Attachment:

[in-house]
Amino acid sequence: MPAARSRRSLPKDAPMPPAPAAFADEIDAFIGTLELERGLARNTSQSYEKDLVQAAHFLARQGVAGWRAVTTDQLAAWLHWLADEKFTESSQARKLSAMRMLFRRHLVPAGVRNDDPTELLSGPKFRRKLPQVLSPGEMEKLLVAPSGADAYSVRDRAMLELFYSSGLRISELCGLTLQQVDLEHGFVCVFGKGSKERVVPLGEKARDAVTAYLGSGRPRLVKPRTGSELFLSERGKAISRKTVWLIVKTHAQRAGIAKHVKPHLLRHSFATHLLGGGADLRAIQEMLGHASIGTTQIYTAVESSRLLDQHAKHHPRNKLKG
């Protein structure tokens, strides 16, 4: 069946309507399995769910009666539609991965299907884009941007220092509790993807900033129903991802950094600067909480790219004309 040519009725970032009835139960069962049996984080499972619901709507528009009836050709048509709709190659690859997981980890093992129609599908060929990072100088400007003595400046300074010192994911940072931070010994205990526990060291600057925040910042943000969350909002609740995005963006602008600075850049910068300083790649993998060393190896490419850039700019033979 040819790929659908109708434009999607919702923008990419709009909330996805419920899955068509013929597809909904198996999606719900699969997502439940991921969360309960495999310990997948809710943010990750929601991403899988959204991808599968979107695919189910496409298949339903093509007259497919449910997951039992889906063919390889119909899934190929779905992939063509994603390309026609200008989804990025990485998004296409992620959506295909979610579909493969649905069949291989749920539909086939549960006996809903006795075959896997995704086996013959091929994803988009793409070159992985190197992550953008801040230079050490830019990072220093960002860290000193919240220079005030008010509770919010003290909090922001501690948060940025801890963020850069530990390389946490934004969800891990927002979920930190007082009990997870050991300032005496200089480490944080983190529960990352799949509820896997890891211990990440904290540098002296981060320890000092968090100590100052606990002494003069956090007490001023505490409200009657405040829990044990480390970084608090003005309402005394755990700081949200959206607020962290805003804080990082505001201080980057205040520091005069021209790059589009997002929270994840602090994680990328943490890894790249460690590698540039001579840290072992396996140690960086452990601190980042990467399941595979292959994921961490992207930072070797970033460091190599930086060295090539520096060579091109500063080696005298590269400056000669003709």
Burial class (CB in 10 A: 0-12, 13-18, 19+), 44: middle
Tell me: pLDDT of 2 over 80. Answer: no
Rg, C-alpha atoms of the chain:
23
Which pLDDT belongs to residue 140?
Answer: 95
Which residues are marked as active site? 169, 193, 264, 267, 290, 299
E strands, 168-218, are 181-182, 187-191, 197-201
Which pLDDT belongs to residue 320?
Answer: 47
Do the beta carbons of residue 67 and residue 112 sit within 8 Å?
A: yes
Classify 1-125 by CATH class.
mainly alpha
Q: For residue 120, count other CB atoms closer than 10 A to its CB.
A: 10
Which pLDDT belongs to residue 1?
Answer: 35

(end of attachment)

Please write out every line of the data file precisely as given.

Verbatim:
[in-house]
Amino acid sequence: MPAARSRRSLPKDAPMPPAPAAFADEIDAFIGTLELERGLARNTSQSYEKDLVQAAHFLARQGVAGWRAVTTDQLAAWLHWLADEKFTESSQARKLSAMRMLFRRHLVPAGVRNDDPTELLSGPKFRRKLPQVLSPGEMEKLLVAPSGADAYSVRDRAMLELFYSSGLRISELCGLTLQQVDLEHGFVCVFGKGSKERVVPLGEKARDAVTAYLGSGRPRLVKPRTGSELFLSERGKAISRKTVWLIVKTHAQRAGIAKHVKPHLLRHSFATHLLGGGADLRAIQEMLGHASIGTTQIYTAVESSRLLDQHAKHHPRNKLKG
């Protein structure tokens, strides 16, 4: 069946309507399995769910009666539609991965299907884009941007220092509790993807900033129903991802950094600067909480790219004309 040519009725970032009835139960069962049996984080499972619901709507528009009836050709048509709709190659690859997981980890093992129609599908060929990072100088400007003595400046300074010192994911940072931070010994205990526990060291600057925040910042943000969350909002609740995005963006602008600075850049910068300083790649993998060393190896490419850039700019033979 040819790929659908109708434009999607919702923008990419709009909330996805419920899955068509013929597809909904198996999606719900699969997502439940991921969360309960495999310990997948809710943010990750929601991403899988959204991808599968979107695919189910496409298949339903093509007259497919449910997951039992889906063919390889119909899934190929779905992939063509994603390309026609200008989804990025990485998004296409992620959506295909979610579909493969649905069949291989749920539909086939549960006996809903006795075959896997995704086996013959091929994803988009793409070159992985190197992550953008801040230079050490830019990072220093960002860290000193919240220079005030008010509770919010003290909090922001501690948060940025801890963020850069530990390389946490934004969800891990927002979920930190007082009990997870050991300032005496200089480490944080983190529960990352799949509820896997890891211990990440904290540098002296981060320890000092968090100590100052606990002494003069956090007490001023505490409200009657405040829990044990480390970084608090003005309402005394755990700081949200959206607020962290805003804080990082505001201080980057205040520091005069021209790059589009997002929270994840602090994680990328943490890894790249460690590698540039001579840290072992396996140690960086452990601190980042990467399941595979292959994921961490992207930072070797970033460091190599930086060295090539520096060579091109500063080696005298590269400056000669003709």
Burial class (CB in 10 A: 0-12, 13-18, 19+), 44: middle
Tell me: pLDDT of 2 over 80. Answer: no
Rg, C-alpha atoms of the chain:
23
Which pLDDT belongs to residue 140?
Answer: 95
Which residues are marked as active site? 169, 193, 264, 267, 290, 299
E strands, 168-218, are 181-182, 187-191, 197-201
Which pLDDT belongs to residue 320?
Answer: 47
Do the beta carbons of residue 67 and residue 112 sit within 8 Å?
A: yes
Classify 1-125 by CATH class.
mainly alpha
Q: For residue 120, count other CB atoms closer than 10 A to its CB.
A: 10
Which pLDDT belongs to residue 1?
Answer: 35